Rational Selection of Patients for Antibacterial Prophylaxis After Chemotherapy

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Rational Selection of Patients for Antibacterial Prophylaxis After Chemotherapy. / Cullen, Michael; Billingham, Lucinda; Gaunt, Claire; Steven, Neil.

In: Journal of Clinical Oncology, Vol. 25, No. 30, 20.10.2007, p. 4821-4828.

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@article{ad24d708a1124a2597a8cefdfd9a1645,
title = "Rational Selection of Patients for Antibacterial Prophylaxis After Chemotherapy",
abstract = "PURPOSE: The SIGNIFICANT (Simple Investigation in Neutropenic Individuals of the Frequency of Infection after Chemotherapy +/- Antibiotic in a Number of Tumours) trial reported a reduction in febrile episodes (FEs) among 1,565 patients with solid cancers and lymphomas receiving cyclical, myelosuppressive chemotherapy (causing grade 4 neutropenia) in a randomized, placebo-controlled, double-blind trial of levofloxacin (P = .01). In response to concerns that increased antibacterial prescribing selects for microbial resistance, we examined our data to explore the rationale for more limited prophylaxis. PATIENTS AND METHODS: The risk of FE was calculated for control patients on first versus nonfirst cycles, with or without first-cycle FE, and within subgroups defined by cancer type, performance status (PS), age, and treatment context (adjuvant v nonadjuvant). Using the randomized trial data, the prophylactic efficacy of levofloxacin was examined for the same subgroups. RESULTS: The per-cycle FE incidence was much lower on nonfirst (3.3%) versus first cycles (8.0%). Prophylaxis was less effective for nonfirst (odds ratio [OR] = 0.78; P = .16) compared with first cycles (OR = 0.42; P <.001). However, FE on cycle 1 predicted a much higher risk of FE and a trend to continued prophylactic efficacy on subsequent cycles. FE rate was greatest for testicular cancer (27.9%), then small-cell lung cancer (17.3%), and lowest for breast cancer (11.5%). Prophylactic efficacy was consistent across age, sex, PS, treatment context, and disease type (except possibly non-Hodgkin's lymphoma). CONCLUSION: Under pressure to limit antibacterial use, these exploratory data support offering prophylactic levofloxacin on cycle 1 only of myelosuppressive cancer chemotherapy and on subsequent cycles after a cycle-1 fever. Prophylactic levofloxacin is effective regardless of age, PS, or tumor type.",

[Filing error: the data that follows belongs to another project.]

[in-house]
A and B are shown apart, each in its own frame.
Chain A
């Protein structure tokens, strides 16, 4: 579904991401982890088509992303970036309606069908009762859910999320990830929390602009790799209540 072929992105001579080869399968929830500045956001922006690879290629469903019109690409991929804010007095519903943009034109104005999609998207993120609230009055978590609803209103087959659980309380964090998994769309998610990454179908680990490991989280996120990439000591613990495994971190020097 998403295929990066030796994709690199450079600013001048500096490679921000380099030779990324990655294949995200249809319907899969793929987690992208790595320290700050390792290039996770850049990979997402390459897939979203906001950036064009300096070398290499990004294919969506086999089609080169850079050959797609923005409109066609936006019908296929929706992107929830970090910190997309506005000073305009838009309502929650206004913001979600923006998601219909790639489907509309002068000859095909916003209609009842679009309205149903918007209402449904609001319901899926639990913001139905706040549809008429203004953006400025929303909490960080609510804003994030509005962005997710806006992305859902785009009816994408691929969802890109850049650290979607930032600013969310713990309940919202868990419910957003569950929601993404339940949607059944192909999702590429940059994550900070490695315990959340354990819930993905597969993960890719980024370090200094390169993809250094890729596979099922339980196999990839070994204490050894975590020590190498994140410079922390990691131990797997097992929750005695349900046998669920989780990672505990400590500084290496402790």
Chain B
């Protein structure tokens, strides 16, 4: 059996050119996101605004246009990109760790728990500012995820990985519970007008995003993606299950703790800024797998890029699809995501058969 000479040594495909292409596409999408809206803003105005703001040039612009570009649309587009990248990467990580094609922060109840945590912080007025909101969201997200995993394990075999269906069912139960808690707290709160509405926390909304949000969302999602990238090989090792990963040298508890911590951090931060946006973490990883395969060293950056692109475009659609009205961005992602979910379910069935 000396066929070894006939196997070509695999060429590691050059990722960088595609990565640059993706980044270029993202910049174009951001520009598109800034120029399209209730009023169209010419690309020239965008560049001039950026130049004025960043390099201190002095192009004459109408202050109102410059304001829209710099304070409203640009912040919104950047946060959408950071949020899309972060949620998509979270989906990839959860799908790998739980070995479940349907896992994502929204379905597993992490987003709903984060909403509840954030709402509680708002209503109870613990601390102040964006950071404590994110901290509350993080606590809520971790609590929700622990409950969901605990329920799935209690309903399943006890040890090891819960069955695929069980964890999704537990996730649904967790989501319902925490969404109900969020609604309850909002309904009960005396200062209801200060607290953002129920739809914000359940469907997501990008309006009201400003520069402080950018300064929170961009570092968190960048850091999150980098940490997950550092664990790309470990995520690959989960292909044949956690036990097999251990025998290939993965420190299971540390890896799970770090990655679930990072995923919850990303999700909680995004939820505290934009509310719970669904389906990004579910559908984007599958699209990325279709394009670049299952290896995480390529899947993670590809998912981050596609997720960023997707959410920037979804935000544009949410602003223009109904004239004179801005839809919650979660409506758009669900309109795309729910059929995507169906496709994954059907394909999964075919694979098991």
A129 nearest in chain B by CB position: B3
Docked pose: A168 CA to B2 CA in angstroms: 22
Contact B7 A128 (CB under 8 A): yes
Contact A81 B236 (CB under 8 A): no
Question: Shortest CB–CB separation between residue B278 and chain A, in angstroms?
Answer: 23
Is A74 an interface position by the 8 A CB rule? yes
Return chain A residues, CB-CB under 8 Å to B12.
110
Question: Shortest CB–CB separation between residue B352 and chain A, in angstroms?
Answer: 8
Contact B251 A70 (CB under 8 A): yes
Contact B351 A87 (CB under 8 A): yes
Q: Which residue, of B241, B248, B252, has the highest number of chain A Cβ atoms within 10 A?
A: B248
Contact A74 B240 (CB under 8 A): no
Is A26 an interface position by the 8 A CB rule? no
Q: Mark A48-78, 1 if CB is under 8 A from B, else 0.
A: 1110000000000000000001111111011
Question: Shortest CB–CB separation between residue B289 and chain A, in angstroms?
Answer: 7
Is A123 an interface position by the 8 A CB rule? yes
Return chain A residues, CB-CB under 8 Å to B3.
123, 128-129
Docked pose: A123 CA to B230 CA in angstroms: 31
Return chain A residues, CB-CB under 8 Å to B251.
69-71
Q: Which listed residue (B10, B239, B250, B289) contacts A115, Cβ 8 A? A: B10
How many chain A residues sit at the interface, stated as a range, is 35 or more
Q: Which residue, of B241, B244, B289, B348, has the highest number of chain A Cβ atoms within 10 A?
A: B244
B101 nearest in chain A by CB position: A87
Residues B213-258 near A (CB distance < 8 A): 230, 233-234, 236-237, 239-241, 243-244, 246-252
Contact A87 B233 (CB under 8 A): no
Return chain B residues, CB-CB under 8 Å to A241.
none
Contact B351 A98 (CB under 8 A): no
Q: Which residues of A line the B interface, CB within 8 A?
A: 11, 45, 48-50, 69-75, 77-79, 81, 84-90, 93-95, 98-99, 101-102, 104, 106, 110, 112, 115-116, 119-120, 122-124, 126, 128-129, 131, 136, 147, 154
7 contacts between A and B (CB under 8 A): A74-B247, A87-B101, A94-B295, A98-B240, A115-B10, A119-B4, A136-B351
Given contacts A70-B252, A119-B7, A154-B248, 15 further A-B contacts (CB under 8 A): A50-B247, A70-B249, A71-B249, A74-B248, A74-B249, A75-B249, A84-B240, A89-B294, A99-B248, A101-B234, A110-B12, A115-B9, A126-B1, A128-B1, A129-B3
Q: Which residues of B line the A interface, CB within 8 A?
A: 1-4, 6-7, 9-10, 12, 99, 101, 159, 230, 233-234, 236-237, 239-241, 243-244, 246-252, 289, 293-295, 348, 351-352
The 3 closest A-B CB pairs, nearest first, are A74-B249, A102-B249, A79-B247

author = "Michael Cullen and Lucinda Billingham and Claire Gaunt and Neil Steven",
year = "2007",
month = oct,
day = "20",
doi = "10.1200/JCO.2006.08.7395",
language = "English",
volume = "25",
pages = "4821--4828",
journal = "Journal of Clinical Oncology ",
issn = "0732-183X",
publisher = "American Society of Clinical Oncology",
number = "30",

}

RIS

TY - JOUR

T1 - Rational Selection of Patients for Antibacterial Prophylaxis After Chemotherapy

AU - Cullen, Michael

AU - Billingham, Lucinda

AU - Gaunt, Claire

AU - Steven, Neil

PY - 2007/10/20

Y1 - 2007/10/20